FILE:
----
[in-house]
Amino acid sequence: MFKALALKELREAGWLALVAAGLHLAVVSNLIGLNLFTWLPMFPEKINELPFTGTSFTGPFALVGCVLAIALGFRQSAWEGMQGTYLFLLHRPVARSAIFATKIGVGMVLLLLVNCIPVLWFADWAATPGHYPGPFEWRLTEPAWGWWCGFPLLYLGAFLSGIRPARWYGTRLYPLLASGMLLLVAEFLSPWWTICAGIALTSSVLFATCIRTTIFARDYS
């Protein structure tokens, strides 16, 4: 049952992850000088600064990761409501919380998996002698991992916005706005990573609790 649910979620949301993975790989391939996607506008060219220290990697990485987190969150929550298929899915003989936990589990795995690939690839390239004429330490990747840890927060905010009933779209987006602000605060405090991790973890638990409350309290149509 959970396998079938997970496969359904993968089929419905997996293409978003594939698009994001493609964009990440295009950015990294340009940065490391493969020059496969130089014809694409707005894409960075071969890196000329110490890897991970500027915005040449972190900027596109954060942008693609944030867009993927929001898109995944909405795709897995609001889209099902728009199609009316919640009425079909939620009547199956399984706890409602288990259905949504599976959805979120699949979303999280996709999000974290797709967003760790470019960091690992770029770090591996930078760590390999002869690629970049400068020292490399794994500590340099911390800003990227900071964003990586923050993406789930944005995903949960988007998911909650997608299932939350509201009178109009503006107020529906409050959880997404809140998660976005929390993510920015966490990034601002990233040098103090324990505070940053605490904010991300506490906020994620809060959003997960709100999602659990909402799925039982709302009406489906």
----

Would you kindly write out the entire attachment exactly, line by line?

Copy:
[in-house]
Amino acid sequence: MFKALALKELREAGWLALVAAGLHLAVVSNLIGLNLFTWLPMFPEKINELPFTGTSFTGPFALVGCVLAIALGFRQSAWEGMQGTYLFLLHRPVARSAIFATKIGVGMVLLLLVNCIPVLWFADWAATPGHYPGPFEWRLTEPAWGWWCGFPLLYLGAFLSGIRPARWYGTRLYPLLASGMLLLVAEFLSPWWTICAGIALTSSVLFATCIRTTIFARDYS
């Protein structure tokens, strides 16, 4: 049952992850000088600064990761409501919380998996002698991992916005706005990573609790 649910979620949301993975790989391939996607506008060219220290990697990485987190969150929550298929899915003989936990589990795995690939690839390239004429330490990747840890927060905010009933779209987006602000605060405090991790973890638990409350309290149509 959970396998079938997970496969359904993968089929419905997996293409978003594939698009994001493609964009990440295009950015990294340009940065490391493969020059496969130089014809694409707005894409960075071969890196000329110490890897991970500027915005040449972190900027596109954060942008693609944030867009993927929001898109995944909405795709897995609001889209099902728009199609009316919640009425079909939620009547199956399984706890409602288990259905949504599976959805979120699949979303999280996709999000974290797709967003760790470019960091690992770029770090591996930078760590390999002869690629970049400068020292490399794994500590340099911390800003990227900071964003990586923050993406789930944005995903949960988007998911909650997608299932939350509201009178109009503006107020529906409050959880997404809140998660976005929390993510920015966490990034601002990233040098103090324990505070940053605490904010991300506490906020994620809060959003997960709100999602659990909402799925039982709302009406489906």